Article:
Prosecutor Brian Trehy said students who witnessed the punch said the student made contact first and the Tampa Bay-area teacher was responding.
The 64-year-old Sandra Hadsock was arrested last month after she hit a student who was calling her vulgar names. The veteran teacher says she hopes she’ll be allowed to return to the classroom, but it’s still unclear if that will happen.”
this is a textbook example of how you should defend yourself should the need arise. and by all means, if you feel threatened, don’t wait for them to throw the first punch.
back to basics—or—Black is the new Black…
a single thought has been occupying my mind lately and it’s foundational movements. krav maga has its set of foundational movements, as does crossfit. both krav maga and crossfit emphasize spending the time to learn the basics properly so when one moves up to more advanced movements (or in the case of crossfit, heavier weights), they should have an easier time with it because their foundation is solid and strong. sure, it feels great when you can do a workout “Rx’d”, and yeah! doing weapon defenses is fun… but what’s the point of even going there if all of your basic movements are shit? if you can’t punch properly, or you’re wasting energy by bouncing around like a fucking kangaroo, what’s the point of learning to defend against a gun? isn’t the point of learning the moves to master them? if you haven’t mastered the previous movements the latter movements will suffer. if your air squat sucks—guess what?—your squat at 135# is gonna suck, as is your squat at 225#. checking your ego at the door helps. asking coaches, teachers, and friends for feedback also helps. the key is recognizing your weak points, then working on them until they are no longer weak. now move onto a new weak point. repeat.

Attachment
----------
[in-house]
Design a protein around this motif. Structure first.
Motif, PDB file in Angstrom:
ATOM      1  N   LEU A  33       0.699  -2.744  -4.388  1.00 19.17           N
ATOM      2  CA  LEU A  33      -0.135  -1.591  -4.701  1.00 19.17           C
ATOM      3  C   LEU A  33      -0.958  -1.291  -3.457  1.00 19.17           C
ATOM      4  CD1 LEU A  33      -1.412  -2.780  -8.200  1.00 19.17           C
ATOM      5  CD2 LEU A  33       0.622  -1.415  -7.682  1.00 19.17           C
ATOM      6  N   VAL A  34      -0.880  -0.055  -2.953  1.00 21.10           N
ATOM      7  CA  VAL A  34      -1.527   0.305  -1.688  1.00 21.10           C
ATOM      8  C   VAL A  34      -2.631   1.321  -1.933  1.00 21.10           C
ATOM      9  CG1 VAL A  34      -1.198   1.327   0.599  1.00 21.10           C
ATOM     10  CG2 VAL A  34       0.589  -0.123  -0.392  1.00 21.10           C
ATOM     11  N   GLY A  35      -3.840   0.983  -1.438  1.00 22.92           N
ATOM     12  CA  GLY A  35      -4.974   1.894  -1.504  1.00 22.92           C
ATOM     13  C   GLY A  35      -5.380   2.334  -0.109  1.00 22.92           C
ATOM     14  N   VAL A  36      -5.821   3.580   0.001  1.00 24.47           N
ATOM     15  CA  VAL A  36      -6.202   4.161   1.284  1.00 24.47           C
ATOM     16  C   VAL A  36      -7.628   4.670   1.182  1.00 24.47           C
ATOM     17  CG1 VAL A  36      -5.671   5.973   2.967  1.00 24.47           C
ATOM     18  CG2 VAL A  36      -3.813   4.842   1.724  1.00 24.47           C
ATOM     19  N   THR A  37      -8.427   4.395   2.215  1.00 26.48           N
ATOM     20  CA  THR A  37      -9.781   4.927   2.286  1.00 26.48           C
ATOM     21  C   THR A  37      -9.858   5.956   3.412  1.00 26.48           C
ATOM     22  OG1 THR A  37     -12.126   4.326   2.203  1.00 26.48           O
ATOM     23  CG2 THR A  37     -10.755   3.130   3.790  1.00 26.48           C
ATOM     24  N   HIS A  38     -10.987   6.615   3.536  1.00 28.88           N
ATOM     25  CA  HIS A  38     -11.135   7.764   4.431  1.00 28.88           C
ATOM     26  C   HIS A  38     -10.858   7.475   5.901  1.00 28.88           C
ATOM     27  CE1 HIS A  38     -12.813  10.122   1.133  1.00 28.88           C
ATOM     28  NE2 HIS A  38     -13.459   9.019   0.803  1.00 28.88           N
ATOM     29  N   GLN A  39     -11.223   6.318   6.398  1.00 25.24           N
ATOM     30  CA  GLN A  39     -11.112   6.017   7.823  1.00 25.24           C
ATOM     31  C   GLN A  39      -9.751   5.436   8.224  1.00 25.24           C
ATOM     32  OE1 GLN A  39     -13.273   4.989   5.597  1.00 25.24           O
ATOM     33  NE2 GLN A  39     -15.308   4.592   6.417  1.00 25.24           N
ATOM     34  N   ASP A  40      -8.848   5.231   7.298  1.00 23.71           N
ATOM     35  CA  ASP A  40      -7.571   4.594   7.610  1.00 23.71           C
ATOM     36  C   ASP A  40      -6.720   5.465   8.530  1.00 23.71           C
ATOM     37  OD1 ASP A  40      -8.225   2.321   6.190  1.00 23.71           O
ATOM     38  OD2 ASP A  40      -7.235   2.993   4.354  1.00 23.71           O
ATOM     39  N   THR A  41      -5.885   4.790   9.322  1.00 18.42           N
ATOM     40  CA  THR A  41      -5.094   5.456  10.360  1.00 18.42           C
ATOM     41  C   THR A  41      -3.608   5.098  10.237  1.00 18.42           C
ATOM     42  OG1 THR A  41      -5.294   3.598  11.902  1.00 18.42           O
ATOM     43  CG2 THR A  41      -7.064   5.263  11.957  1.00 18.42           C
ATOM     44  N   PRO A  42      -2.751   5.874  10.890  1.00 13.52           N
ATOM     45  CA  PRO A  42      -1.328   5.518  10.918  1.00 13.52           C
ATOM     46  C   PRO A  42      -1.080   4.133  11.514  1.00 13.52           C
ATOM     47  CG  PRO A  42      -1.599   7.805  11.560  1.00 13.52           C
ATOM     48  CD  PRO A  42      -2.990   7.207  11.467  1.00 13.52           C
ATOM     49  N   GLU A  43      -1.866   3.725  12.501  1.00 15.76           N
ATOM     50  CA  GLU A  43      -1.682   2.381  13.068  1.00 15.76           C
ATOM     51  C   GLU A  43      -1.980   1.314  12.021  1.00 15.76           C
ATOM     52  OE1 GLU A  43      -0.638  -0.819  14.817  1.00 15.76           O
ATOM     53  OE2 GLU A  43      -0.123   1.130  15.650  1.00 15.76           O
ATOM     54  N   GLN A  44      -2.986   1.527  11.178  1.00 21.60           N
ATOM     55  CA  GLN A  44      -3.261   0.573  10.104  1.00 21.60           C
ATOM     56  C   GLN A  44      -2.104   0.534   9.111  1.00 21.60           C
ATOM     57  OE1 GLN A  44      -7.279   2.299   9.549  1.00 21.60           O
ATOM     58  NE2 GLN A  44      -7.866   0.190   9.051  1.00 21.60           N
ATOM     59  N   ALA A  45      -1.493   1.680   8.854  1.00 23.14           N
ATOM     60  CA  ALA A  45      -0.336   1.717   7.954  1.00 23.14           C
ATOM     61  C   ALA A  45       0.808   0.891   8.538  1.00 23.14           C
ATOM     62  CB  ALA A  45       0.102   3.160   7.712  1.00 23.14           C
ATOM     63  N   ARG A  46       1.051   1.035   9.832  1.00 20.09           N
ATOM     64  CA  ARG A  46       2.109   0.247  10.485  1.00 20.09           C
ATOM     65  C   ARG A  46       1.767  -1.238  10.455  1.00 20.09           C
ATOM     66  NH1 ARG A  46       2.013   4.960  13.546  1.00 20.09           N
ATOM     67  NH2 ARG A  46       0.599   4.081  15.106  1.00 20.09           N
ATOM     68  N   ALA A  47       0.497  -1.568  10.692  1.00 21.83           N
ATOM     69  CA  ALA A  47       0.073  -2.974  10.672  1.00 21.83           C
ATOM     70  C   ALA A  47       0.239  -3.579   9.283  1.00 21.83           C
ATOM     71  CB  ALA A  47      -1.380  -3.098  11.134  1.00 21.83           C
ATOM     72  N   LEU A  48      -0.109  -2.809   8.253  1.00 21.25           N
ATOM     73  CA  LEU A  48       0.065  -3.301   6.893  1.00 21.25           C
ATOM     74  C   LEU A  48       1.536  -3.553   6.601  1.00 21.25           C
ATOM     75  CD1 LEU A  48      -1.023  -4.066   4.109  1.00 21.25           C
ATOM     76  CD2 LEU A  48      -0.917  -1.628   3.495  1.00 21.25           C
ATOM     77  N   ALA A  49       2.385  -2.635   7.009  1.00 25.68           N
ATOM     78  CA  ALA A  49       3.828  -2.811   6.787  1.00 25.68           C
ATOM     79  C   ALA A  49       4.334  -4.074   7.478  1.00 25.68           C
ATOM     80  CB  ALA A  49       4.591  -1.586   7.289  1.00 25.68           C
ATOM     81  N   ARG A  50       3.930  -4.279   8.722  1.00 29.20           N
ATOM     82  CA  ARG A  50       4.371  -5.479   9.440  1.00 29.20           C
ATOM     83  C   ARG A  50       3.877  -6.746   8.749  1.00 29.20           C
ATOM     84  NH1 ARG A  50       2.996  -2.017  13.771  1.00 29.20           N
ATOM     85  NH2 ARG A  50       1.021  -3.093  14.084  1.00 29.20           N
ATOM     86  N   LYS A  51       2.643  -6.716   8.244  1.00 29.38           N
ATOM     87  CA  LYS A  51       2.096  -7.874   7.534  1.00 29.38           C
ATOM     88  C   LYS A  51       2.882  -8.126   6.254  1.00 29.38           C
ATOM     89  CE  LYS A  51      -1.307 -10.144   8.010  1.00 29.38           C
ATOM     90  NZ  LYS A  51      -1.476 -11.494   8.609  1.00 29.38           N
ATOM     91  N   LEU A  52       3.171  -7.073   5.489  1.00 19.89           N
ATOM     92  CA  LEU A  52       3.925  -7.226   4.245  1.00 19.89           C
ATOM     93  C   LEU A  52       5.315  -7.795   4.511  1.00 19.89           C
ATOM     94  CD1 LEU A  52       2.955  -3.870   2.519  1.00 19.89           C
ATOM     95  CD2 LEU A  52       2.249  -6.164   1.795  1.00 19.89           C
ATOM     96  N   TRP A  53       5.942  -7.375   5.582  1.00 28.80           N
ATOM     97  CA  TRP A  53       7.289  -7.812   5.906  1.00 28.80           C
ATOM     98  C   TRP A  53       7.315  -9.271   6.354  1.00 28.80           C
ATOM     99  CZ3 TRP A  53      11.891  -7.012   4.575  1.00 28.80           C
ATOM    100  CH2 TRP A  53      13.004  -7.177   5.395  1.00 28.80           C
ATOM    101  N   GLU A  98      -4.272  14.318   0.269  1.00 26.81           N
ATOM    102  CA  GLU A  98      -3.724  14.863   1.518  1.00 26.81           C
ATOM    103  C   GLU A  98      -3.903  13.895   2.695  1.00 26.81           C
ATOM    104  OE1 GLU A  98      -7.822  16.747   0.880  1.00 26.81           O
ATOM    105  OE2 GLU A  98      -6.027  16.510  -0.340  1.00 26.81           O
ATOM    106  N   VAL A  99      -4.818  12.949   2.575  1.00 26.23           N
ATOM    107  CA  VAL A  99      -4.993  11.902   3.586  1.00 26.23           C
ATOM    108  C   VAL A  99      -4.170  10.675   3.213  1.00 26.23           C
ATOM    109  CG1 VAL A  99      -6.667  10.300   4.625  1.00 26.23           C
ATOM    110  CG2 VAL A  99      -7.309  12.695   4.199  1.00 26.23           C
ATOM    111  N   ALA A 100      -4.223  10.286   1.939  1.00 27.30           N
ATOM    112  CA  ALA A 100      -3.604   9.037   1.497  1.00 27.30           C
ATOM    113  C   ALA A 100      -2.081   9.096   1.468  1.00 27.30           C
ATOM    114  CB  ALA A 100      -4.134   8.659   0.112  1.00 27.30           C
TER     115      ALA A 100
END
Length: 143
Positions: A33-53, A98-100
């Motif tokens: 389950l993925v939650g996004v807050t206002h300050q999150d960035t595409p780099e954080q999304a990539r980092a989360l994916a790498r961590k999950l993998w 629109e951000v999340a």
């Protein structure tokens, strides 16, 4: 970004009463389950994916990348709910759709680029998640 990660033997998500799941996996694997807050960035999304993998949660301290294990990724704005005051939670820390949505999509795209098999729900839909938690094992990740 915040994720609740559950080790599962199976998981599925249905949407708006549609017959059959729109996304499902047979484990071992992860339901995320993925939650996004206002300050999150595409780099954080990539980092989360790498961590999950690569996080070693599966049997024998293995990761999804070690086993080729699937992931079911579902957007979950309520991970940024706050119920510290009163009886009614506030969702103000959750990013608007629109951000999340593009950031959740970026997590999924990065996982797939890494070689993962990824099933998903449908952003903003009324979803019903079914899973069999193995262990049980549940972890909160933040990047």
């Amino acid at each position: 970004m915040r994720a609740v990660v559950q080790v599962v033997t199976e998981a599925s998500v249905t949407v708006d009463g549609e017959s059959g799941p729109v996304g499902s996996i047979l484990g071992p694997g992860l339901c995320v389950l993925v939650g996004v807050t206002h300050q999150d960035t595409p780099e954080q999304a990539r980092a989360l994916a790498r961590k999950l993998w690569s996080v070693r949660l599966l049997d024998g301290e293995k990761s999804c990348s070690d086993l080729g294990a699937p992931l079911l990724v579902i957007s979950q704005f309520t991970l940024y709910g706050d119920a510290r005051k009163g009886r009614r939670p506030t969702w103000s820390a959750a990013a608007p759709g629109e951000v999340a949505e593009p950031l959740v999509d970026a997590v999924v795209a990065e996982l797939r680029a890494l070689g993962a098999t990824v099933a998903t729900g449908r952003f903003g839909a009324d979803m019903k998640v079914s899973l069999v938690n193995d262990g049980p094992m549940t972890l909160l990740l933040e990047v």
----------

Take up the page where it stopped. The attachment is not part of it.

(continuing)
"i’m not afraid of the 10,000 punches you’ve practiced once… i fear the one punch you’ve practiced 10,000 times."
the beauty of taking the time to master each movement is then learning exactly how much energy to put into it—for me, this efficiency of movement is my ideal goal, it’s my dream. it’s that epiphany moment that you din’t realize happened because you’ve been doing it instead of thinking about it. and what’s the litmus test to know if you’ve achieved this mastery? making it look easy.